The Impact of Escherichia coli Probiotic Strain O83:K24:H31 on the Maturation of Dendritic Cells and Immunoregulatory Functions In Vitro and In Vivo

Cells. 2022 May 12;11(10):1624. doi: 10.3390/cells11101624.


Early postnatal events are important for the development of the neonatal immune system. Harboring the pioneering microorganisms forming the microbiota of the neonatal gastrointestinal tract is important for priming the immune system, as well as inducing appropriate tolerance to the relatively innocuous environmental antigens and compounds of normal healthy microbiota. Early postnatal supplementation of suitable, safe probiotics could accelerate this process. In the current study, the immunomodulatory capacity of the probiotic strain of Escherichia coli O83:K24:H31 (EcO83) was characterized in vitro and in vivo. We compared the capacity of EcO83 with and without hemolytic activity on selected immune characteristics in vitro as determined by flow cytometry and quantitative real-time PCR. Both strains with and without hemolytic activity exerted comparable capacity on the maturation of dendritic cells while preserving the induction of interleukin 10 (Il10) expression in dendritic cells and T cells cocultured with EcO83 primed dendritic cells. Early postnatal supplementation with EcO83 led to massive but transient colonization of the neonatal gastrointestinal tract, as detected by in vivo bioimaging. Early postnatal EcO83 administration promoted gut barrier function by increasing the expression of claudin and occludin and the expression of Il10. Early postnatal EcO83 application promotes maturation of the neonatal immune system and promotes immunoregulatory and gut barrier functions.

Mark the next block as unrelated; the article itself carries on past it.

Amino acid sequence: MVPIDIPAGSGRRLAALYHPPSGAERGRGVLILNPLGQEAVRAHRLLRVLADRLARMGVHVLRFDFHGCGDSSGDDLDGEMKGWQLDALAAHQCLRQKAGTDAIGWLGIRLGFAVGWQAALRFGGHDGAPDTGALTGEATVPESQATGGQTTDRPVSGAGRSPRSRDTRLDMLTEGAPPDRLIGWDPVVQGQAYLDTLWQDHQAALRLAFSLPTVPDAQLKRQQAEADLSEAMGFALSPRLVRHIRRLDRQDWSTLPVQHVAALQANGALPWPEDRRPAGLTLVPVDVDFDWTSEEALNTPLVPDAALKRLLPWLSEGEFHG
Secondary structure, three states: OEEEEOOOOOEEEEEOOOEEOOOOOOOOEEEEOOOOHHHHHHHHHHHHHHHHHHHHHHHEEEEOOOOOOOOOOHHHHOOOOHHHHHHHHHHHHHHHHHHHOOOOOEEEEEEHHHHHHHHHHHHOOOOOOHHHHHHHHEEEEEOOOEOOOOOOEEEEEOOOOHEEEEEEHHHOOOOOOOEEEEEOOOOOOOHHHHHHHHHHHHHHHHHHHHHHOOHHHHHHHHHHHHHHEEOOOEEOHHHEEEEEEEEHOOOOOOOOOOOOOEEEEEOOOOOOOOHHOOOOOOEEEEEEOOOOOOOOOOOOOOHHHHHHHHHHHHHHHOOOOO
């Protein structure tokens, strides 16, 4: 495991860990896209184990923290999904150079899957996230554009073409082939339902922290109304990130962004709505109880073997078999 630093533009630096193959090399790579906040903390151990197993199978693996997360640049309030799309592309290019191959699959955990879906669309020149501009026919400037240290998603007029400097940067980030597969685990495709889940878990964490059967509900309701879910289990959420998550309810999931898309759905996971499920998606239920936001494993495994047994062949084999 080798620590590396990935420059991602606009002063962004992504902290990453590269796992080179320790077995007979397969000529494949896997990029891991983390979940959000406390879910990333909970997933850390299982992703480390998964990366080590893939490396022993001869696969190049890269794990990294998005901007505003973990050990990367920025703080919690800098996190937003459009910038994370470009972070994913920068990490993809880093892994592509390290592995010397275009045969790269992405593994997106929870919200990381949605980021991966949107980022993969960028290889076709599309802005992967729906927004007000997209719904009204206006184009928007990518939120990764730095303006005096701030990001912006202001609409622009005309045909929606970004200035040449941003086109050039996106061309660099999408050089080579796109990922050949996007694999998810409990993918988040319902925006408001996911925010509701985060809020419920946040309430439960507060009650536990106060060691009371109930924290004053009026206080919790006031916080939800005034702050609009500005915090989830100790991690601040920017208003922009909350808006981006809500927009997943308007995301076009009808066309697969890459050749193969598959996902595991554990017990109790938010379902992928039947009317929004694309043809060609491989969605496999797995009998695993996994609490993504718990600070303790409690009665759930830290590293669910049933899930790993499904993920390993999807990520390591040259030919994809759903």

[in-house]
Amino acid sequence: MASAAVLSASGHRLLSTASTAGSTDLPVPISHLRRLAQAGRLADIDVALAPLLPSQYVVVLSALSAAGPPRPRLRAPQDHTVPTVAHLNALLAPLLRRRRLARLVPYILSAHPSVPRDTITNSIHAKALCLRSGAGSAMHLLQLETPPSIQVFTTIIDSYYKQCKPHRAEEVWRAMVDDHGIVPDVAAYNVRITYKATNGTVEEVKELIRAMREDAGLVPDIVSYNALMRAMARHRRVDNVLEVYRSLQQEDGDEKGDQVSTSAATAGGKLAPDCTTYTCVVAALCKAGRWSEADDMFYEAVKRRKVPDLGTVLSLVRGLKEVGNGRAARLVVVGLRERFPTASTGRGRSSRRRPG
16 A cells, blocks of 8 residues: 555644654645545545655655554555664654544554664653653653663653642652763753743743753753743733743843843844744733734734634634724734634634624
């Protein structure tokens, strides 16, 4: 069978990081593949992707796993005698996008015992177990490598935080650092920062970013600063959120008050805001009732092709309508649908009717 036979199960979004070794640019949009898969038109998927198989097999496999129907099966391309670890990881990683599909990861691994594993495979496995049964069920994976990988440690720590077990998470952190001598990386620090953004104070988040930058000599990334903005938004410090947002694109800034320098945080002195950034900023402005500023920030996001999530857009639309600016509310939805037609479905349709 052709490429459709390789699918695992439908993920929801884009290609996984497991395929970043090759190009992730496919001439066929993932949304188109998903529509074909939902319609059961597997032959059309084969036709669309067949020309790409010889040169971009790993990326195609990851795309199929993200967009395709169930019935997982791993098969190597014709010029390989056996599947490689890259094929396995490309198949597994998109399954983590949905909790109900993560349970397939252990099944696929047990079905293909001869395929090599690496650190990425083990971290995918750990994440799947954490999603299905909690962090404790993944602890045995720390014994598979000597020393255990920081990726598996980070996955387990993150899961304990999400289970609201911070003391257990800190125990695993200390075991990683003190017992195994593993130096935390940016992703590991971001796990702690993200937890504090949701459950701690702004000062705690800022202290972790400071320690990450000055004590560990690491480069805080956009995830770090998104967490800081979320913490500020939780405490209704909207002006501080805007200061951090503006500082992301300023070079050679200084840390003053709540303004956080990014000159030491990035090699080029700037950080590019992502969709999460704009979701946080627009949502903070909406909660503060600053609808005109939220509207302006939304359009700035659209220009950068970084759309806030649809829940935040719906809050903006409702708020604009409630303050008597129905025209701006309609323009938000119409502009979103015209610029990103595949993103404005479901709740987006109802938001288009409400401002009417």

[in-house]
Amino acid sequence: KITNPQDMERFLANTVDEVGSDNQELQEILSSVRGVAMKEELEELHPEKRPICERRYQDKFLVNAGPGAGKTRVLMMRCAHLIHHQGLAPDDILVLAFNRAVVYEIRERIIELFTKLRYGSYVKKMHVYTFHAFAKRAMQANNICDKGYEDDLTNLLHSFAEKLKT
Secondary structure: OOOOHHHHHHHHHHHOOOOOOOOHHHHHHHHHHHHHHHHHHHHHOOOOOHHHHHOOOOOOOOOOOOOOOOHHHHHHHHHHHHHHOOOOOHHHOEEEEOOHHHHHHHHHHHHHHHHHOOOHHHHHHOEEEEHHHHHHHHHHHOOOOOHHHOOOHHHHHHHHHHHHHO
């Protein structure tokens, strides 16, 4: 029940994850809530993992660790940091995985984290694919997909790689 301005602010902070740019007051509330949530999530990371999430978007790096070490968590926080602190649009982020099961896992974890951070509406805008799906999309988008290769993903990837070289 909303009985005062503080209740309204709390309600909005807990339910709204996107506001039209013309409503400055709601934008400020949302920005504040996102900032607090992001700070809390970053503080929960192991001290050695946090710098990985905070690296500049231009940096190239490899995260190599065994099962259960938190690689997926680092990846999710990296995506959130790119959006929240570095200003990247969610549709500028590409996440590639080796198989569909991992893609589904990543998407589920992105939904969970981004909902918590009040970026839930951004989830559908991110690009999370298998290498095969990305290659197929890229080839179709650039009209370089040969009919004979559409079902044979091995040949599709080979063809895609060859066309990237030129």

Keywords: E. coli O83:K24:H31; IL-10; dendritic cell; early postnatal probiotic administration; indol amine 2,3 dioxygenase; luciferase; probiotic.

Publication types

  • Research Support, Non-U.S. Gov't

MeSH terms

  • Dendritic Cells
  • Escherichia coli
  • Humans
  • Infant, Newborn
  • Interleukin-10
  • Microbiota*
  • Probiotics* / pharmacology


  • Interleukin-10

Grants and funding

This research was funded by Charles University research project Cooperatio IMMU 207032 and Charles University Grant Agency GAUK 478119, Ministry of Education, Youth and Sports 8J19AT010. The APC was funded by Cooperatio IMMU 207032. The authors used the services of the Czech Centre for Phenogenomics at the Institute of Molecular Genetics, supported by the Czech Academy of Sciences RVO 68378050 and by project LM2018126 of the Czech Centre for Phenogenomics, provided by the Ministry of Education, Youth and Sports of the Czech Republic.